Speaking of which,

Here's a link to a short description of Ryan's plan:


"short" is a relative term in this case, but you'll find a good description of the details of the plan, and I'll be referring to it for the main points of my discussion.

Warning, partisan discussion begins!

What follows is an article that captures my feelings regarding the gross and false assumptions that underpin this budget perfectly. I do hope that anyone who feels differently will present other articles, or other opinions or points of discussion.

April 7, 2011
Ludicrous and Cruel


Many commentators swooned earlier this week after House Republicans, led by the Budget Committee chairman, Paul Ryan, unveiled their budget proposals. They lavished praise on Mr. Ryan, asserting that his plan set a new standard of fiscal seriousness.

Well, they should have waited until people who know how to read budget numbers had a chance to study the proposal. For the G.O.P. plan turns out not to be serious at all. Instead, it’s simultaneously ridiculous and heartless.

How ridiculous is it? Let me count the ways — or rather a few of the ways, because there are more howlers in the plan than I can cover in one column.

First, Republicans have once again gone all in for voodoo economics — the claim, refuted by experience, that tax cuts pay for themselves.

Specifically, the Ryan proposal trumpets the results of an economic projection from the Heritage Foundation, which claims that the plan’s tax cuts would set off a gigantic boom. Indeed, the foundation initially predicted that the G.O.P. plan would bring the unemployment rate down to 2.8 percent — a number we haven’t achieved since the Korean War. After widespread jeering, the unemployment projection vanished from the Heritage Foundation’s Web site, but voodoo still permeates the rest of the analysis.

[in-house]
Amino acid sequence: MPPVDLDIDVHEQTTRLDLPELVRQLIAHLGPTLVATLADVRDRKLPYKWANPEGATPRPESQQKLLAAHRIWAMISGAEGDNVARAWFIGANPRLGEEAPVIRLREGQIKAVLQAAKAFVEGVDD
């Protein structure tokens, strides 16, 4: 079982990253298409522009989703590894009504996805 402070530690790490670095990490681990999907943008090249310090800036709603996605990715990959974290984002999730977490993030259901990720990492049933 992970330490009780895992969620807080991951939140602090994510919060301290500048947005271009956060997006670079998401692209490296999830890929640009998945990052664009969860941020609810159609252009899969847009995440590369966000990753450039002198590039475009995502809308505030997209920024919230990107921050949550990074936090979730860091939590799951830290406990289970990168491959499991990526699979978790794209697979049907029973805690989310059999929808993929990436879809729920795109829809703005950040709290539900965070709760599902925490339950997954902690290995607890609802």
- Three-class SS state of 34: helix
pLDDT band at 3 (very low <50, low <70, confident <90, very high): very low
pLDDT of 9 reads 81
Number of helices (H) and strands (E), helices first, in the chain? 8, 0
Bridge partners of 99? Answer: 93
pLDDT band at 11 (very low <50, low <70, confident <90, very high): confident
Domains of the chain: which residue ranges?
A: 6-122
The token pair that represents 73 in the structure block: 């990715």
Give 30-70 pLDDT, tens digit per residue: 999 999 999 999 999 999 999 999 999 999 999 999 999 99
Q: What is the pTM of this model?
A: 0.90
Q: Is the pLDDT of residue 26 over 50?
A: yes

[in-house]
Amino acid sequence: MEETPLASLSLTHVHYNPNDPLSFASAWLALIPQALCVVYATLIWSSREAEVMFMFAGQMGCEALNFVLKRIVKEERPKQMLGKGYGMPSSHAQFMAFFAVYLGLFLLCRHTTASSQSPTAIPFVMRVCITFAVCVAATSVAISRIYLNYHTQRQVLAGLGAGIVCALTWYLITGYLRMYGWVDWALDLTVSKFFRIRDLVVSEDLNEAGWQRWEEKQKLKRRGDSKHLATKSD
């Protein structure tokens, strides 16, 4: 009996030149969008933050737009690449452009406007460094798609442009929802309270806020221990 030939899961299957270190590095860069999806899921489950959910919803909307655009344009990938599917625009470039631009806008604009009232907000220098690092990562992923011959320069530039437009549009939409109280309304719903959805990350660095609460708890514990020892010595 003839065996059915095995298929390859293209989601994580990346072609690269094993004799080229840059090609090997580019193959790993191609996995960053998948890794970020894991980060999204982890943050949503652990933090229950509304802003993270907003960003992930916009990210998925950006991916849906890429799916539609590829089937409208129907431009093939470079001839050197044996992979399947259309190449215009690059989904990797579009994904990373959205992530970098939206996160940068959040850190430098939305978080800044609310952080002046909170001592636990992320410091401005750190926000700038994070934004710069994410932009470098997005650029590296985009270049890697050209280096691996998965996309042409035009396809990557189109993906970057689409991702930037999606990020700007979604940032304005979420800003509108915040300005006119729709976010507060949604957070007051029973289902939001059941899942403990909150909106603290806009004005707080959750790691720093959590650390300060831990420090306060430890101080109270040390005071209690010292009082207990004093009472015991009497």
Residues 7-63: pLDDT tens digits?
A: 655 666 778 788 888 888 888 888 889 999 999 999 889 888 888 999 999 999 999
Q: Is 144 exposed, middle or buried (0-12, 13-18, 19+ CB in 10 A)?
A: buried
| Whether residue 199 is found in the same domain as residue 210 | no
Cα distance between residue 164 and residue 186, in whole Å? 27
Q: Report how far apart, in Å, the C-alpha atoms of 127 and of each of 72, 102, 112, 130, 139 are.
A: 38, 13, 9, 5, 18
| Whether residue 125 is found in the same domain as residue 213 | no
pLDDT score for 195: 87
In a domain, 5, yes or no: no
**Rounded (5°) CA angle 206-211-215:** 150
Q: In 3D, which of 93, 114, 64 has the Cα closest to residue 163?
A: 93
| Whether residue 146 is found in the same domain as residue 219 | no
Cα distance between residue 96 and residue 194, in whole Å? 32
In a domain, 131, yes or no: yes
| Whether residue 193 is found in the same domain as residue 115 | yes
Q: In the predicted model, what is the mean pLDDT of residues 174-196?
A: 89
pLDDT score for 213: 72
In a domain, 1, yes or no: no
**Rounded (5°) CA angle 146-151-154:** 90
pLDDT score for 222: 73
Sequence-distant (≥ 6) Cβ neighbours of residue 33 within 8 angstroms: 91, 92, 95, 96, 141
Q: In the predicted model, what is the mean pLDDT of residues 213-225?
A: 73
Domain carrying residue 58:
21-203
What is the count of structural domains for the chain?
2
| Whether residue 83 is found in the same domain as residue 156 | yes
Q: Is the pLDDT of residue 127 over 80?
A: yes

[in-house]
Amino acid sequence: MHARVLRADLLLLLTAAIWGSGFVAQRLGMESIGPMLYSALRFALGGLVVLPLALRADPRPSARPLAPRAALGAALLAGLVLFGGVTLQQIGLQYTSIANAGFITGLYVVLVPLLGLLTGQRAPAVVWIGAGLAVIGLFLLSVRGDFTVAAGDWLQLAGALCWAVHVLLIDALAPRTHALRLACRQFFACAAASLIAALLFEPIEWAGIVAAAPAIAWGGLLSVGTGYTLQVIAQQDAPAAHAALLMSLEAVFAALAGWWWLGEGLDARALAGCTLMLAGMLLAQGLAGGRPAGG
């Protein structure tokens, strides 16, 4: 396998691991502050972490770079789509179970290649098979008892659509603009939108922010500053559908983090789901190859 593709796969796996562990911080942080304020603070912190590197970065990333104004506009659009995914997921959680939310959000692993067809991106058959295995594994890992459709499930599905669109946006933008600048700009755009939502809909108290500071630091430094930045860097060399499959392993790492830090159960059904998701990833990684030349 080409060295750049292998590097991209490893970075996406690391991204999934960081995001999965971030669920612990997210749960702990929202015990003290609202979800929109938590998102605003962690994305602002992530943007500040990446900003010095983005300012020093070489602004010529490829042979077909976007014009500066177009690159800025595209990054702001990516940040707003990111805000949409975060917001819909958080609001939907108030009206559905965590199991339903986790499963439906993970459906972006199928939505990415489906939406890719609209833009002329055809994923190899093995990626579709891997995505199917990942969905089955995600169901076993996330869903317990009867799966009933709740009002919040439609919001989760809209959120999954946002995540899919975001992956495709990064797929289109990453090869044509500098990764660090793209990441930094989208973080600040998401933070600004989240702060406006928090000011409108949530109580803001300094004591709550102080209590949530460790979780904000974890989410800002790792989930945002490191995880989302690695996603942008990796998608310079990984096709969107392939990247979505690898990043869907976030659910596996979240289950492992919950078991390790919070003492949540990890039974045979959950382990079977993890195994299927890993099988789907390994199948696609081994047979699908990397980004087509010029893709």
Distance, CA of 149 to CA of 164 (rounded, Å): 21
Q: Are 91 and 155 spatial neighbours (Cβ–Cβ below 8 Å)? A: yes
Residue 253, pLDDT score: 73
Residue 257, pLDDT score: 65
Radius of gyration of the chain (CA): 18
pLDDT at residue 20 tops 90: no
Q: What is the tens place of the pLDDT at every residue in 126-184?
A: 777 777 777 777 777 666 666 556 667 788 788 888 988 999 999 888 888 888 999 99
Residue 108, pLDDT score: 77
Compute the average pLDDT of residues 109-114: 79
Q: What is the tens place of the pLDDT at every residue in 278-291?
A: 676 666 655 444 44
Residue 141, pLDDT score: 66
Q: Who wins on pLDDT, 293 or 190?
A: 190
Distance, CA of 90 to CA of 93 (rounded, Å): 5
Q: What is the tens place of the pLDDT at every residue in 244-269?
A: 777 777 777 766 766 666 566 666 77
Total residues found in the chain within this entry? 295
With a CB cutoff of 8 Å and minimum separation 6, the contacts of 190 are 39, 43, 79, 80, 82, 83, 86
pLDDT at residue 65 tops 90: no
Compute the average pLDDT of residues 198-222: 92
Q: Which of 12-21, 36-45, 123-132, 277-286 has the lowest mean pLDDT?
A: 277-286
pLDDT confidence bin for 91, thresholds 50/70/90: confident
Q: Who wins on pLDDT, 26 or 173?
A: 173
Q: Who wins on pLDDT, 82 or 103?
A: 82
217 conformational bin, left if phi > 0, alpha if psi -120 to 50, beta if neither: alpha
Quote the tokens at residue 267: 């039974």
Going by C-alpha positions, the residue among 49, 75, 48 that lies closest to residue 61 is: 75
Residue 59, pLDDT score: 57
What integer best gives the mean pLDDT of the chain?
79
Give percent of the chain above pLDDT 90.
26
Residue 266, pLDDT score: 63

In particular, the original voodoo proposition — the claim that lower taxes mean higher revenue — is still very much there. The Heritage Foundation projection has large tax cuts actually increasing revenue by almost $600 billion over the next 10 years.

A more sober assessment from the nonpartisan Congressional Budget Office tells a different story. It finds that a large part of the supposed savings from spending cuts would go, not to reduce the deficit, but to pay for tax cuts. In fact, the budget office finds that over the next decade the plan would lead to bigger deficits and more debt than current law.

And about those spending cuts: leave health care on one side for a moment and focus on the rest of the proposal. It turns out that Mr. Ryan and his colleagues are assuming drastic cuts in nonhealth spending without explaining how that is supposed to happen.

How drastic? According to the budget office, which analyzed the plan using assumptions dictated by House Republicans, the proposal calls for spending on items other than Social Security, Medicare and Medicaid — but including defense — to fall from 12 percent of G.D.P. last year to 6 percent of G.D.P. in 2022, and just 3.5 percent of G.D.P. in the long run.

That last number is less than we currently spend on defense alone; it’s not much bigger than federal spending when Calvin Coolidge was president, and the United States, among other things, had only a tiny military establishment. How could such a drastic shrinking of government take place without crippling essential public functions? The plan doesn’t say.

And then there’s the much-ballyhooed proposal to abolish Medicare and replace it with vouchers that can be used to buy private health insurance.